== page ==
Here are insights and answers related to some of the most common questions surrounding plant-based proteins. 

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12 Nutrients to Keep You Going Strong in 2021

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If you'd like to start the new year off strong, make a resolution to get enough of  these powerful nutrients. They're proven to support your immune system, brain health, eyesight and more. 

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Warming Winter Recipes Your Whole Family Will Love

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Whether you're wondering how to add more vegetables to your diet or are simply craving healthy, hearty winter recipes, it's a good idea to think soup! You've probably heard that soup might even  ease the symptoms of a cold — but it does much more than that.

Soup is an excellent source of fluids and electrolytes to help you stay hydrated. It's also a great way to work in key nutrients to help you feel your best all winter long. It's so good for you that people who eat soup were found to consume more vitamins, minerals, protein and fiber than those who don't, according to a study in the British Journal of Nutrition.

While canned options abound, homemade options are easier to create than you might imagine.  Designed right, homemade options are often much lower in sodium. 

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How to Support Your Immune System Through Nutrition

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These days, immune health is at the forefront of everyone's minds. While there are many components to immune health nutrition plays a key role. In fact, a recent review in the European Journal of Nutrition & Food Safety found that a variety of vitamins and minerals play an important role in supporting immune health.

Furthermore, the study also suggested that deficiencies in certain vitamins and minerals can lead to a weakened immune system and greater susceptibility to infection. Thankfully, these nutrients are abundant in everyday foods.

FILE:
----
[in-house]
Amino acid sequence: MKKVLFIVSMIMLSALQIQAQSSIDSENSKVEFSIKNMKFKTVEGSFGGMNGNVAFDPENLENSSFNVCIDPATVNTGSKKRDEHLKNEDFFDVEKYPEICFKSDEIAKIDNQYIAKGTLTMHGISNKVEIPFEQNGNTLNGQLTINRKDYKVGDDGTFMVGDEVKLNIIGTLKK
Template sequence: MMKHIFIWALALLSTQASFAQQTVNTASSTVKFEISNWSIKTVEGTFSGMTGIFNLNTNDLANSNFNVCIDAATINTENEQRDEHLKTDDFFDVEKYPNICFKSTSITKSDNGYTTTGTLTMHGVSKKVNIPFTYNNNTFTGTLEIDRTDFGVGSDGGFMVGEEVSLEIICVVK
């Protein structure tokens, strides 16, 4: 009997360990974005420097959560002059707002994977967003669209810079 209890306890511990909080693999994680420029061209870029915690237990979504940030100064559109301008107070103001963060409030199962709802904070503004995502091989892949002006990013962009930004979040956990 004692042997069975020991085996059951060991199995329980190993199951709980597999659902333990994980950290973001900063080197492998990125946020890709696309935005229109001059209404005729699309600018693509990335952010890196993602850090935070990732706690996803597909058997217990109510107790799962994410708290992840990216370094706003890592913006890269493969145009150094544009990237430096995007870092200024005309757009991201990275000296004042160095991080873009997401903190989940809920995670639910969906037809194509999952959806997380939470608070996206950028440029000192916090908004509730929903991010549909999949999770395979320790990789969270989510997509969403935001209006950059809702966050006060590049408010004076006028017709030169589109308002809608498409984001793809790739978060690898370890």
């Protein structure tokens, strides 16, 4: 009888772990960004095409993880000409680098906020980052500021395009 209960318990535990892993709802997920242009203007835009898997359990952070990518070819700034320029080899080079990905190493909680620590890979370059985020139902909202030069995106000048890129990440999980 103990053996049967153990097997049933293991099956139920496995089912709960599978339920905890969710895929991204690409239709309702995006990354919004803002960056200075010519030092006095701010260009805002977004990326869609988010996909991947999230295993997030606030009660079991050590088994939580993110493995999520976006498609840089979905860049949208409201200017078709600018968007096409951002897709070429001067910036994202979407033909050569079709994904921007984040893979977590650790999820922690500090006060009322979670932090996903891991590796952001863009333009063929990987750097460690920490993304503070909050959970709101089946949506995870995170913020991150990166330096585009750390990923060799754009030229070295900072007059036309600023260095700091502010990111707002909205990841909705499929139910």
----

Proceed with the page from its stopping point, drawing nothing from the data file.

You can effectively support your immune system by eating a balanced diet that includes protein, iron  and antioxidants and other key vitamins and minerals.

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How Nutrients in Pumpkin Can Support Your Health Year-Round

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The holidays are synonymous with pumpkin-packed goodies: Pies, breads and the now ubiquitous pumpkin spice latte. But this vibrant gourd is available all year long and can be used in way more dishes than sweet treats. 

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The Benefits of Immune-Supporting Nutrition

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Your immune system works around the clock to keep you healthy and to support recovery when illnesses strike, but it can't succeed on its own. The immune system requires key nutrients to build protective antibodies, proteins and enzymes to keep your immune system functioning. 

According to nutritional immunologists, the best way to get these key nutrients is from immune-supporting foods as part of a balanced diet. But what nutrients does your immune system need most? And how do they help you stay healthy? First things first, let's dive into the science of nutrition and its role in the immune system.